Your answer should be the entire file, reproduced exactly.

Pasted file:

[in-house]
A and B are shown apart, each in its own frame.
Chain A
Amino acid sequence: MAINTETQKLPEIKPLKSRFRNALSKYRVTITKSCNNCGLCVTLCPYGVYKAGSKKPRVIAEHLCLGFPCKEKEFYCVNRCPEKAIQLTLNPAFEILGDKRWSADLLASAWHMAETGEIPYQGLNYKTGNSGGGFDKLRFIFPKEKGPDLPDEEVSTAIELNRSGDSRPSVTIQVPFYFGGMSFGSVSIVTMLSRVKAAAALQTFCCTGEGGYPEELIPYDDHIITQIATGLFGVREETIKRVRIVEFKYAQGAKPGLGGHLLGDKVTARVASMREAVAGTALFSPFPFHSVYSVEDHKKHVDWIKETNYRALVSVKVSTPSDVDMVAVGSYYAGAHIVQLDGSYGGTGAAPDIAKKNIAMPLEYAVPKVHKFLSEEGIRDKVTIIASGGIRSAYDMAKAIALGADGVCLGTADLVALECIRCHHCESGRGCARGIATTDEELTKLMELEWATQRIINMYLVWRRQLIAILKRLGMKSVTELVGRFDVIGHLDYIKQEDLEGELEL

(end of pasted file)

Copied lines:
[in-house]
A and B are shown apart, each in its own frame.
Chain A
Amino acid sequence: MAINTETQKLPEIKPLKSRFRNALSKYRVTITKSCNNCGLCVTLCPYGVYKAGSKKPRVIAEHLCLGFPCKEKEFYCVNRCPEKAIQLTLNPAFEILGDKRWSADLLASAWHMAETGEIPYQGLNYKTGNSGGGFDKLRFIFPKEKGPDLPDEEVSTAIELNRSGDSRPSVTIQVPFYFGGMSFGSVSIVTMLSRVKAAAALQTFCCTGEGGYPEELIPYDDHIITQIATGLFGVREETIKRVRIVEFKYAQGAKPGLGGHLLGDKVTARVASMREAVAGTALFSPFPFHSVYSVEDHKKHVDWIKETNYRALVSVKVSTPSDVDMVAVGSYYAGAHIVQLDGSYGGTGAAPDIAKKNIAMPLEYAVPKVHKFLSEEGIRDKVTIIASGGIRSAYDMAKAIALGADGVCLGTADLVALECIRCHHCESGRGCARGIATTDEELTKLMELEWATQRIINMYLVWRRQLIAILKRLGMKSVTELVGRFDVIGHLDYIKQEDLEGELEL